Ed Rollins, a veteran strategist newly attached to Rep. Michele Bachmann, has a deceptively simple LinkedIn profile. Only two jobs are publicly listed: his current position as a fellow for CNN and Hofstra University and a stint as “Assistant to the President” from 1981 to 1987. Unmentioned are the slew of campaigns he’s worked on since helping to twice put Ronald Reagan in the White House. In the course of those jobs, Rollins has established a cycle of making incendiary comments and retractions, a reputation for pugilistic campaigning, and an almost legendary status in the GOP. Hiring him has many times been a signal that a “Seriously?” candidate has gotten truly serious.
With his latest comments about Sarah Palin — he said she’s failed to prove herself a candidate with “substance” and that she had the “vice presidential thing handed to her” — Rollins departed from Bachmann’s insistence that the two Tea Party icons are buddies. And Palin’s people responded: “Beltway political strategist Ed Rollins has a long, long track record of taking high profile jobs and promptly sticking his foot in his mouth,” said Sarah PAC chief of staff Michael Glassner in a statement. “To no one’s surprise he has done it again … One would expect that his woodshed moment is coming and that a retraction will be issued soon.” One thing you can say about Rollins, who grew up wrestling: the man knows how to start a fight.
Sometimes his controversies have no upside, as when he bragged to reporters in 1993 that Republicans helped him win a narrow victory for New Jersey Gov. Christine Todd Whitman by spending thousands to keep black people home on election day. (He later recanted.) Or when, after being brought onto the Bob Dole presidential campaign in 1995, he made a joke during a roast calling two Jewish congressmen “Hymie boys,” a comment that quickly brought an end to his role with the campaign. This is the behavior that earns him news leads like, “Ed Rollins must wish he had kept his big mouth shut,” and satirical lines from his supposed pundit resumé like “G.O.P. Consultant: Has experience in making mistakes.”
But there is no doubt that the man generally knows how to work the press, and his comments sometimes seem like they might be part of a sophisticated good-cop/bad-cop scheme. Pundits wondered if this was the case in early 2008 when he was working for Gov. Mike Huckabee’s presidential campaign. He wanted Huckabee to run a negative ad against Mitt Romney, but after some initial showings, Huckabee decided to shelve it. Still, they showed the spot to a group of reporters, presenting it as an example of the kind of campaign Huckabee wasn’t going to run. Meanwhile Rollins said he wanted to knock Romney’s “teeth out” (to which Romney brilliantly responded, just “don’t touch the hair.”) So in the end, Rollins simply lives up to his reputation for playing tough while Huckabee defies him by turning the other cheek instead of getting into the mudslinging. And together they steal some headlines.
This same sort of routine could be at work with Bachmann and Palin. The two occupy much of the same ground—with their Tea Party fire, their social-conservative strongholds, their womanhood—and we know that one of them, eventually, will have to go (if they actually enter the presidential race). So if you’re Bachmann, perhaps your best bet is to get an adviser who will pick the fight that’s too politically unpopular for you to pick, and then distance yourself from him. A classic one-two. After the comments from Palin’s people, Rollins did walk his statement back a bit, but with characteristic sass. “This was my transition from being an analyst to a political strategist, and I missed a step,” he told Politico. But when asked whether there would be a retraction, he quipped, “”What’s the retraction? I say she’s serious?”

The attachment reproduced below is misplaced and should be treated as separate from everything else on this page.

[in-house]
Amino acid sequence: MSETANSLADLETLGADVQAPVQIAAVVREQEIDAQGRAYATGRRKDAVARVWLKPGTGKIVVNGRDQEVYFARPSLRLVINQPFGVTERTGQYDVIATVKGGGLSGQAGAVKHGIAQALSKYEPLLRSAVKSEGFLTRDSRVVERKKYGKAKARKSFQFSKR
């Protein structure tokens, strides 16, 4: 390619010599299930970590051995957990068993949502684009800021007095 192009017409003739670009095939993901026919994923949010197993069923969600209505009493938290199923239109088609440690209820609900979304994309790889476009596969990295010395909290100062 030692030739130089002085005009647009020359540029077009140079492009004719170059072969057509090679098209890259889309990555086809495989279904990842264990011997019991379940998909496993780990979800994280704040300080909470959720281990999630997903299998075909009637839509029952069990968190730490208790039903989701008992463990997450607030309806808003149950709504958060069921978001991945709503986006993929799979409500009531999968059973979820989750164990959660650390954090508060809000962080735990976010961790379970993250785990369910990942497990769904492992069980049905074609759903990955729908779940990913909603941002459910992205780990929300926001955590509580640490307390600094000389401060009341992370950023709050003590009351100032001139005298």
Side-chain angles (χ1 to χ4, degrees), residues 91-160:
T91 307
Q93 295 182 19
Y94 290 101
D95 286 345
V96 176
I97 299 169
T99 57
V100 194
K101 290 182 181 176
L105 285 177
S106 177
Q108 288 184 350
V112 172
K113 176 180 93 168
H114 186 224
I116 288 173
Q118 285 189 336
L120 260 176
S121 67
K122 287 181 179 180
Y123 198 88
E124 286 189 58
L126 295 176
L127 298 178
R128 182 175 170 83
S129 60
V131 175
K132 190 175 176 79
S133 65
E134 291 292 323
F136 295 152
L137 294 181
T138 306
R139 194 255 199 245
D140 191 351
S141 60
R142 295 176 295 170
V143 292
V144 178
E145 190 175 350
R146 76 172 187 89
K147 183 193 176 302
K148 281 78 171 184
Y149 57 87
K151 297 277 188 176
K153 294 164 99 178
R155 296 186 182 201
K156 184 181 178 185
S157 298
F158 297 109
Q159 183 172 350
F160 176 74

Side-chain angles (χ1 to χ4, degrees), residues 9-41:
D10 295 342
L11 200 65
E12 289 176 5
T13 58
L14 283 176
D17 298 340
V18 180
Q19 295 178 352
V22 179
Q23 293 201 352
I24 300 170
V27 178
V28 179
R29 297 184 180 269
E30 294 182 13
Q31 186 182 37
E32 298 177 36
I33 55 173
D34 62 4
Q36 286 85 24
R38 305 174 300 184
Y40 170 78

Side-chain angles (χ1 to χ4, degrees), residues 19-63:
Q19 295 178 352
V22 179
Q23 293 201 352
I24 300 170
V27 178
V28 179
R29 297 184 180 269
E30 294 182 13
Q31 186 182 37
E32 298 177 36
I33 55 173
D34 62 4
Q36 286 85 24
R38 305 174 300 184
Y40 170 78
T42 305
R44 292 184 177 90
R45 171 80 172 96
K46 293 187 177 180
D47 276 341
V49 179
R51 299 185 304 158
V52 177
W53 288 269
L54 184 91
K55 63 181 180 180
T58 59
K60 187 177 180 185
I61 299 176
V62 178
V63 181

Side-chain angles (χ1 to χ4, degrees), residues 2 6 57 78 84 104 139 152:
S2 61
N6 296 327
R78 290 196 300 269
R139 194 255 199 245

If we look for lessons in Rollins’ history—which, given that he’s pushing 70 and still in the game, is quite rich—we can speculate about what will need to happen in order for his relationship with Bachmann to work. For one, she’ll need to take some direction. Rollins’ greatest accomplishments were with Reagan, a politician famous for having large events (as well as small meetings) strictly scripted. And when Ross Perot wouldn’t take Rollins’ advice to spend more money during the 1992 campaign, Rollins jumped ship.
He also described Jack Kemp, whose failed presidential campaign Rollins led in 1988, as having a Quarterback Mentality, saying, “Quarterbacks think they can always make the big play and resent being controlled by anyone.” Something that one could only learn by trying to control him in the first place. And taking direction doesn’t seem to come naturally for the Minnesota Clipper, who “has burned through four chiefs of staff in five years, often preferring her own counsel or that of her close-knit family.”
Bachmann will also have to especially avoid gaffes that can be linked to Rollins’ political baggage, and, perhaps most important, be willing to play a little dirty. “The negatives feel good,” Ed Rollins told the Washington Post around the time of the Huckabee incident. “It’s like being a boxer when you’re young. To me, hitting somebody, knocking somebody down, is a great feeling. Firing out a negative ad just feels amazing.”